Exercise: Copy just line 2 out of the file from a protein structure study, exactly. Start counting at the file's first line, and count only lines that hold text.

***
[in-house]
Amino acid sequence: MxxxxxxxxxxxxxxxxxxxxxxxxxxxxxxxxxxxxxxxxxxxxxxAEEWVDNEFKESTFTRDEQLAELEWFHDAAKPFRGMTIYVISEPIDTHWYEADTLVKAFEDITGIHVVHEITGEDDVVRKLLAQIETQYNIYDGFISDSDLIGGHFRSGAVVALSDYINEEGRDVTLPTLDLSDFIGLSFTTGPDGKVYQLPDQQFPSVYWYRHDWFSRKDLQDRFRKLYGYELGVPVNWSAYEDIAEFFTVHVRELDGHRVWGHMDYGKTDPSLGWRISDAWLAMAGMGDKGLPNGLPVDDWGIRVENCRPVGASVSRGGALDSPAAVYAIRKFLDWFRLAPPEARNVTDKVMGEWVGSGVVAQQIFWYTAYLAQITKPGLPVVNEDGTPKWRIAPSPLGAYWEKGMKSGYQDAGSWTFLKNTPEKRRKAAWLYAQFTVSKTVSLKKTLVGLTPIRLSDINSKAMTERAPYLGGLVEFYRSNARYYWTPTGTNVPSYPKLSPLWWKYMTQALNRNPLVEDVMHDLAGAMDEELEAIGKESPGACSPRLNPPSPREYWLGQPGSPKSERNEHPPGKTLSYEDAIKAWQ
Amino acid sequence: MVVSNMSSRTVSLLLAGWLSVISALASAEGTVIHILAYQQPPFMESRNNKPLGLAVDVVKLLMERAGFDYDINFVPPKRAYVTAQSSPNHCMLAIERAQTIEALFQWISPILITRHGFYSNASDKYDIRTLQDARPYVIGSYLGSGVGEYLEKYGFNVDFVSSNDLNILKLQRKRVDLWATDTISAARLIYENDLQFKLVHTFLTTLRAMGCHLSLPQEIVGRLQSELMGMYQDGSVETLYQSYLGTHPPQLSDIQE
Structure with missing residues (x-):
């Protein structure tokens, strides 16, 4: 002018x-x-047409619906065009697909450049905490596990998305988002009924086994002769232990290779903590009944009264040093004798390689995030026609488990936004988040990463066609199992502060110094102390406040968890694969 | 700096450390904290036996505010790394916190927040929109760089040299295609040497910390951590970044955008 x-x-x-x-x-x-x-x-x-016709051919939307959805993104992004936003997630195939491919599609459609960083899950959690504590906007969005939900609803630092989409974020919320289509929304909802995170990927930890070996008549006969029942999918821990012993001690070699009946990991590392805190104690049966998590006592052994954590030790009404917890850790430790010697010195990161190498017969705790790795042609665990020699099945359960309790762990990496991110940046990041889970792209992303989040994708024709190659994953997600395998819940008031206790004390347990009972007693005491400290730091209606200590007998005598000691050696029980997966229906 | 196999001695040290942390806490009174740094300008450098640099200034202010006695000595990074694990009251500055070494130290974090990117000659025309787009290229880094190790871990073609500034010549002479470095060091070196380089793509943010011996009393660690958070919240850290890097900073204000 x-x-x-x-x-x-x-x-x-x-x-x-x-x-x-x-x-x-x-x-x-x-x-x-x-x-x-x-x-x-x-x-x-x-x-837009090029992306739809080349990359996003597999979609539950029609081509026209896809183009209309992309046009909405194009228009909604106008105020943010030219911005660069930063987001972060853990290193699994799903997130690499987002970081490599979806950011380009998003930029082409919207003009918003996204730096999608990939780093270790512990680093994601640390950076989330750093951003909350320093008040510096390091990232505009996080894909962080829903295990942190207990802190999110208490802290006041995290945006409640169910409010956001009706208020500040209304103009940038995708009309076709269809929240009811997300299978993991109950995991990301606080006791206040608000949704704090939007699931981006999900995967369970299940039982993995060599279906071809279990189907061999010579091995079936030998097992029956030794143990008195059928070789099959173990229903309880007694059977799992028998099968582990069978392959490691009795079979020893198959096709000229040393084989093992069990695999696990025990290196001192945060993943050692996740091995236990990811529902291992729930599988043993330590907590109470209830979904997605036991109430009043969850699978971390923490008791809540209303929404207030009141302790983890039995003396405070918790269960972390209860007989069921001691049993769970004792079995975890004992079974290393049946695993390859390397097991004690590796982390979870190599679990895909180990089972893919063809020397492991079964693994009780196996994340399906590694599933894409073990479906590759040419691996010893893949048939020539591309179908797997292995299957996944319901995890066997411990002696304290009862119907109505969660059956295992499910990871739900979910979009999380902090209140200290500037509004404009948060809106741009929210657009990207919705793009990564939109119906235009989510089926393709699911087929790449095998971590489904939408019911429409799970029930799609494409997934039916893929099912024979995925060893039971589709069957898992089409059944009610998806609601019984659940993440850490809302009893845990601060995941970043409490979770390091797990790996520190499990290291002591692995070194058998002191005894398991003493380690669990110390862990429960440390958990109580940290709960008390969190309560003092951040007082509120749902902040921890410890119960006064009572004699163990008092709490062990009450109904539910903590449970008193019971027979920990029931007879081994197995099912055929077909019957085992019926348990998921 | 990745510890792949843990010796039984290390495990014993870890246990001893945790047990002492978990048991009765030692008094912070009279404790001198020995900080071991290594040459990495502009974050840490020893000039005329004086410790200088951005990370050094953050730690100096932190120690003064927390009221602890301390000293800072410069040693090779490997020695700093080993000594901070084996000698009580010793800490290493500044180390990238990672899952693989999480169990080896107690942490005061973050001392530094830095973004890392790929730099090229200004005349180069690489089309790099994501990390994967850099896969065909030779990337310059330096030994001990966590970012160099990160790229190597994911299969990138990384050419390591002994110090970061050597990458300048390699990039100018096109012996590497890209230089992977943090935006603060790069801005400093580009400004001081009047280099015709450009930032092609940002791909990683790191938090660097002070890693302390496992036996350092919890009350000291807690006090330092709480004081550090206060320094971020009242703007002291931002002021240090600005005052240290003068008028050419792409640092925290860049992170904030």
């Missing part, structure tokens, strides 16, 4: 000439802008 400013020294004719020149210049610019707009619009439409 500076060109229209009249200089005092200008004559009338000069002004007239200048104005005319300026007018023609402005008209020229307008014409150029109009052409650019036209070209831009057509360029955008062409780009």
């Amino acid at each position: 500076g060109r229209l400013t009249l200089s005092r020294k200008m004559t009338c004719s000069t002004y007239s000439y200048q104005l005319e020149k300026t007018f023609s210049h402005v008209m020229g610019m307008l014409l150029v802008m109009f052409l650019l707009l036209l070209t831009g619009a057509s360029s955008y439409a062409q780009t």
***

Amino acid sequence: MxxxxxxxxxxxxxxxxxxxxxxxxxxxxxxxxxxxxxxxxxxxxxxAEEWVDNEFKESTFTRDEQLAELEWFHDAAKPFRGMTIYVISEPIDTHWYEADTLVKAFEDITGIHVVHEITGEDDVVRKLLAQIETQYNIYDGFISDSDLIGGHFRSGAVVALSDYINEEGRDVTLPTLDLSDFIGLSFTTGPDGKVYQLPDQQFPSVYWYRHDWFSRKDLQDRFRKLYGYELGVPVNWSAYEDIAEFFTVHVRELDGHRVWGHMDYGKTDPSLGWRISDAWLAMAGMGDKGLPNGLPVDDWGIRVENCRPVGASVSRGGALDSPAAVYAIRKFLDWFRLAPPEARNVTDKVMGEWVGSGVVAQQIFWYTAYLAQITKPGLPVVNEDGTPKWRIAPSPLGAYWEKGMKSGYQDAGSWTFLKNTPEKRRKAAWLYAQFTVSKTVSLKKTLVGLTPIRLSDINSKAMTERAPYLGGLVEFYRSNARYYWTPTGTNVPSYPKLSPLWWKYMTQALNRNPLVEDVMHDLAGAMDEELEAIGKESPGACSPRLNPPSPREYWLGQPGSPKSERNEHPPGKTLSYEDAIKAWQ